Format

Send to

Choose Destination
Int J Epidemiol. 2018 Dec 28. doi: 10.1093/ije/dyy284. [Epub ahead of print]

Circulating vitamin D concentrations and risk of breast and prostate cancer: a Mendelian randomization study.

Author information

1
Program in Genetic Epidemiology and Statistical Genetics, Department of Epidemiology, Harvard T.H. Chan School of Public Health, Boston, MA, USA.
2
Cardiovascular Epidemiology Unit, Department of Epidemiology, Institute of Environmental Medicine, Karolinska Institutet, Stockholm, Sweden.
3
Department of Hygiene and Epidemiology, School of Medicine, University of Ioannina, Ioannina, Greece.
4
Department of Epidemiology and Biostatistics, The School of Public Health, Imperial College London, London, UK.
5
Department of Population Health Sciences, Bristol Medical School, University of Bristol, Bristol, UK.
6
MRC Integrative Epidemiology Unit, University of Bristol, Bristol, UK.
7
National Institute for Health Research (NIHR) Bristol Biomedical Research Centre, University Hospitals Bristol NHS Foundation Trust and the University of Bristol, Bristol, UK.
8
Nutritional Epidemiology Group, Nutrition and Metabolism Section, International Agency for Research on Cancer, Lyon, France.
9
Cancer Epidemiology Unit, Nuffield Department of Population Health, University of Oxford, Oxford, UK.
10
Division of Genetics and Epidemiology, The Institute of Cancer Research, London, UK.
11
Institute of Cancer Research, Royal Marsden NHS Foundation Trust, London, UK.
12
Institute of Population Health, University of Manchester, Manchester, UK.
13
Nuffield Department of Surgery, University of Oxford, Oxford, UK.
14
Department of Oncology, University of Cambridge, Cambridge, UK.
15
Cancer Epidemiology & Intelligence Division, Cancer Council Victoria, Melbourne, VIC, Australia.
16
Centre for Epidemiology and Biostatistics, Melbourne School of Population and Global Health, The University of Melbourne, Melbourne, VIC, Australia.
17
Department of Epidemiology and Preventive Medicine, Monash University, Melbourne, VIC, Australia.
18
Department of Nutrition, Harvard T.H. Chan School of Public Health, Boston, MA, USA.
19
Department of Epidemiology, Harvard T.H. Chan School of Public Health, Boston, MA, USA.
20
Channing Division of Network Medicine, Department of Medicine, Brigham and Women's Hospital, Harvard Medical School, Boston, MA, USA.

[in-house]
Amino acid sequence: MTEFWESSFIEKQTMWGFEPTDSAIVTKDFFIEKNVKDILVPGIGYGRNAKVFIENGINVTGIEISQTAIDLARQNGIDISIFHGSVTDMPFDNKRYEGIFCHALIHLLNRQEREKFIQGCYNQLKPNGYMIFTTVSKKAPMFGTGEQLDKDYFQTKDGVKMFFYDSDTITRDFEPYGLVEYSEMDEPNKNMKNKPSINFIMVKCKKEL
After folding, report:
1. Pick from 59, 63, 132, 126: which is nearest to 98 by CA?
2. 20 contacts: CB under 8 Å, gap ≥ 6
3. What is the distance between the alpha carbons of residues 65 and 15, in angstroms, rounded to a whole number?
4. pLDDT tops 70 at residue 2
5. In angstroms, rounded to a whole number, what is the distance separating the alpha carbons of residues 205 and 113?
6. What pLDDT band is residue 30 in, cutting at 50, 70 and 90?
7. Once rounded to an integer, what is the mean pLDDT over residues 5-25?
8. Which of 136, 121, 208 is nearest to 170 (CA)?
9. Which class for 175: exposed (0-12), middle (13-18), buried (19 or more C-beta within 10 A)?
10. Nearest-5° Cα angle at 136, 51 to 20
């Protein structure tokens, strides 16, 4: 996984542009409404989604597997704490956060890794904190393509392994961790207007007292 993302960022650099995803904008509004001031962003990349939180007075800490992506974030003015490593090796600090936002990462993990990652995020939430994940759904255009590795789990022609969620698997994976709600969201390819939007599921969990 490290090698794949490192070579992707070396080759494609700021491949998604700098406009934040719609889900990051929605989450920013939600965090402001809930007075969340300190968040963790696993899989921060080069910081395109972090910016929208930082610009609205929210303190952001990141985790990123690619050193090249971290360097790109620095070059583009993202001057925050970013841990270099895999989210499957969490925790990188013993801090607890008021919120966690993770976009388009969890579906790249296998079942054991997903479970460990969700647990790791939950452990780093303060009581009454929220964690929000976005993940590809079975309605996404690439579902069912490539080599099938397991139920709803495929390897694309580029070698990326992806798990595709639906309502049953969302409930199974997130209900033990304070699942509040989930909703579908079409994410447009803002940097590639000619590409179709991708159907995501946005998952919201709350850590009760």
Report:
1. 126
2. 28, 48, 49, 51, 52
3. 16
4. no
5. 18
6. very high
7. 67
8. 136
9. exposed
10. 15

21
Department of Public Health Sciences, The University of Chicago, Chicago, IL, USA.
22
Department of Human Genetics, Comprehensive Cancer Center, The University of Chicago, Chicago, IL, USA.
23
Department of Human Genetics, The University of Chicago, Chicago, IL, USA.
24
Department of Public Health Sciences, University of Virginia, Charlottesville, VA, USA.
25
Division of Epidemiology, Department of Medicine, Vanderbilt University Medical Center, Nashville, TN, USA.
26
Department of Public Health and Primary Care, Centre for Cancer Genetic Epidemiology, University of Cambridge, Strangeways Research Laboratory, Worts Causeway, Cambridge, UK.
27
Division of Epidemiology, Department of Medicine, Vanderbilt Epidemiology Center, Vanderbilt-Ingram Cancer Center, Vanderbilt University School of Medicine, Nashville, TN, USA.

Abstract

Background:

Observational studies have suggested an association between circulating vitamin D concentrations [25(OH)D] and risk of breast and prostate cancer, which was not supported by a recent Mendelian randomization (MR) analysis comprising 15 748 breast and 22 898 prostate-cancer cases. Demonstrating causality has proven challenging and one common limitation of MR studies is insufficient power.

Methods:

We aimed to determine whether circulating concentrations of vitamin D are causally associated with the risk of breast and prostate cancer, by using summary-level data from the largest ever genome-wide association studies conducted on vitamin D (N = 73 699), breast cancer (Ncase = 122 977) and prostate cancer (Ncase = 79 148). We constructed a stronger instrument using six common genetic variants (compared with the previous four variants) and applied several two-sample MR methods.

Results:

We found no evidence to support a causal association between 25(OH)D and risk of breast cancer [OR per 25 nmol/L increase, 1.02 (95% confidence interval: 0.97-1.08), P = 0.47], oestrogen receptor (ER)+ [1.00 (0.94-1.07), P = 0.99] or ER- [1.02 (0.90-1.16), P = 0.75] subsets, prostate cancer [1.00 (0.93-1.07), P = 0.99] or the advanced subtype [1.02 (0.90-1.16), P = 0.72] using the inverse-variance-weighted method. Sensitivity analyses did not reveal any sign of directional pleiotropy.

Conclusions:

Despite its almost five-fold augmented sample size and substantially improved statistical power, our MR analysis does not support a causal effect of circulating 25(OH)D concentrations on breast- or prostate-cancer risk. However, we can still not exclude a modest or non-linear effect of vitamin D. Future studies may be designed to understand the effect of vitamin D in subpopulations with a profound deficiency.

PMID:
30597039
DOI:
10.1093/ije/dyy284

Supplemental Content

Full text links

Icon for Silverchair Information Systems
Loading ...
Support Center